When you are at trial in Housing Court and the judge is hearing both sides of the case, you are entitled to object to any part of the landlord's testimony that is not relevant to the issues at hand. Simply say, "Objection!" The judge might immediately agree with you and "sustain" the objection, or can allow you to explain your reasons for objecting, and then either sustain or overrule it. If your objection is sustained, that part of the landlord's testimony will be struck from the record and cannot be used against you. Objecting effectively requires a fair amount of facility and knowledge, and is done best by good trial attorneys. However, if you can't afford counsel and are representing yourself, you'll want every legal advantage possible. Raising relevant objections can help your case.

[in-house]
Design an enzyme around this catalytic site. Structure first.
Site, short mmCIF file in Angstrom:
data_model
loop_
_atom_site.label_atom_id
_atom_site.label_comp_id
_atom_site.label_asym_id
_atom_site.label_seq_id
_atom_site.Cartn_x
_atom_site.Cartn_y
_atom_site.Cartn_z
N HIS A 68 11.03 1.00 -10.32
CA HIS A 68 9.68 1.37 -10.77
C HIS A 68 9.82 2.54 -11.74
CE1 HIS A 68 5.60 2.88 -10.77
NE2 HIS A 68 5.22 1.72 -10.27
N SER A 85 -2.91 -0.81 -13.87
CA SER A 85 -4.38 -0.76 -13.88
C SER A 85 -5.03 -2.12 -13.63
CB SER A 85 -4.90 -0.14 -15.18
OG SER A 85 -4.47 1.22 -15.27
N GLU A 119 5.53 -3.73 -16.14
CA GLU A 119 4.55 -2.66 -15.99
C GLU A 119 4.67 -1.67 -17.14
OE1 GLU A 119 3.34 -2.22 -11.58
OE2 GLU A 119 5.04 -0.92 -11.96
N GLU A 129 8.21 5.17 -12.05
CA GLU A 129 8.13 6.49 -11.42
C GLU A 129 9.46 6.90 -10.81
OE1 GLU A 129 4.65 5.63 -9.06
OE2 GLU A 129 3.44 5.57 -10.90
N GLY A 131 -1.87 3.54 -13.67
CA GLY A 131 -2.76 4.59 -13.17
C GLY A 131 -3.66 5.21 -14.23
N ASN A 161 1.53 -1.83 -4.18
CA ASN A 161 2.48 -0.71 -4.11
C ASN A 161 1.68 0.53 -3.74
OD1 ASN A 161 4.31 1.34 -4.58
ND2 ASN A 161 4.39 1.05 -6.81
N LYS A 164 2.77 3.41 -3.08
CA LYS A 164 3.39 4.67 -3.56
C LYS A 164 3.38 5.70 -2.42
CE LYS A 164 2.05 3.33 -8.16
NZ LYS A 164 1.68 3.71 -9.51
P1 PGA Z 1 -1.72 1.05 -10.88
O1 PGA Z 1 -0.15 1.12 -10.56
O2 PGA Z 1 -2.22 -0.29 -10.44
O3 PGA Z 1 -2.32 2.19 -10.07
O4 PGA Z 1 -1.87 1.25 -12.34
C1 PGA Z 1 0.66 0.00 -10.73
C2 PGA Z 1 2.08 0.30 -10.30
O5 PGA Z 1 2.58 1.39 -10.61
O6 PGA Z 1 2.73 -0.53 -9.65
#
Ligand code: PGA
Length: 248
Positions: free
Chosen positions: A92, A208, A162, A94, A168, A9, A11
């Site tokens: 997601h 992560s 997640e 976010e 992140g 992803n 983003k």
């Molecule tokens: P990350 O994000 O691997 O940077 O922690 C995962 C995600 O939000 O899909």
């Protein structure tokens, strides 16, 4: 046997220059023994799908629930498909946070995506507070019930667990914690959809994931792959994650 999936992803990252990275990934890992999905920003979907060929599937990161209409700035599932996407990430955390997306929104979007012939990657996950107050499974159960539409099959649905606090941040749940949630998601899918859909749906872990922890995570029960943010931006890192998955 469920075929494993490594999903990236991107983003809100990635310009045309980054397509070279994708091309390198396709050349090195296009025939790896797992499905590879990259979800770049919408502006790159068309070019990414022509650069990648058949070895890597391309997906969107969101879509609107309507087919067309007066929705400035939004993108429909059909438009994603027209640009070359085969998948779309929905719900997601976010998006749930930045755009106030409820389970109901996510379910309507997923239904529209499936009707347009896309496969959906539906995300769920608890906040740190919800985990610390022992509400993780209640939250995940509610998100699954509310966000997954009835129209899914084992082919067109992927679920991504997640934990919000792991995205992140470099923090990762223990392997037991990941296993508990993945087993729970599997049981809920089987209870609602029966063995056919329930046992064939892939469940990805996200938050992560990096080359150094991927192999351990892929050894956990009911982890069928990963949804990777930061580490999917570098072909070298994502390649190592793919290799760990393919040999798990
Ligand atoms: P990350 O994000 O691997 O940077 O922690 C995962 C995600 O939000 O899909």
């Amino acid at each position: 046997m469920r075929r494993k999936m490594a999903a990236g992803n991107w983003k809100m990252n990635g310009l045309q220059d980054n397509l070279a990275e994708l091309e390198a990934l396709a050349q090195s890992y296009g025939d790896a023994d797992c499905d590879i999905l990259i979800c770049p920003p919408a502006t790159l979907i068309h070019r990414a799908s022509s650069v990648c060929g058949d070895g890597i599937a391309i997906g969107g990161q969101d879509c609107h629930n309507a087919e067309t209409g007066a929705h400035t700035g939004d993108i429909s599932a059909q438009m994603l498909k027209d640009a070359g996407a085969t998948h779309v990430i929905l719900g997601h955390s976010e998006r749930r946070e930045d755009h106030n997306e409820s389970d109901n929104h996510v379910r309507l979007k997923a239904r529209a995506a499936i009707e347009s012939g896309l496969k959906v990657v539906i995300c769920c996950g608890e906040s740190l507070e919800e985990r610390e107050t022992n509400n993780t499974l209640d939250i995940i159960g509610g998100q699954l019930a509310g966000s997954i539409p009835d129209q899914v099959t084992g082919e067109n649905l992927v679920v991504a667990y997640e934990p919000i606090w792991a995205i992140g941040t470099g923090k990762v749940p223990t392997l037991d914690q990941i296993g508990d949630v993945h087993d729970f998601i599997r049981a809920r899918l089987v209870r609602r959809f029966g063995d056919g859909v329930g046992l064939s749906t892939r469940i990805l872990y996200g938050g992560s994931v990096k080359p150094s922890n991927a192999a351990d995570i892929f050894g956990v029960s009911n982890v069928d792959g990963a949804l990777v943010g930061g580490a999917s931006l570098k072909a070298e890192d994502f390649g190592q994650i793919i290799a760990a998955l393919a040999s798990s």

Attention New York City Tenants: See this new page that has just been added to the McAdams Law main site on Bad Conditions .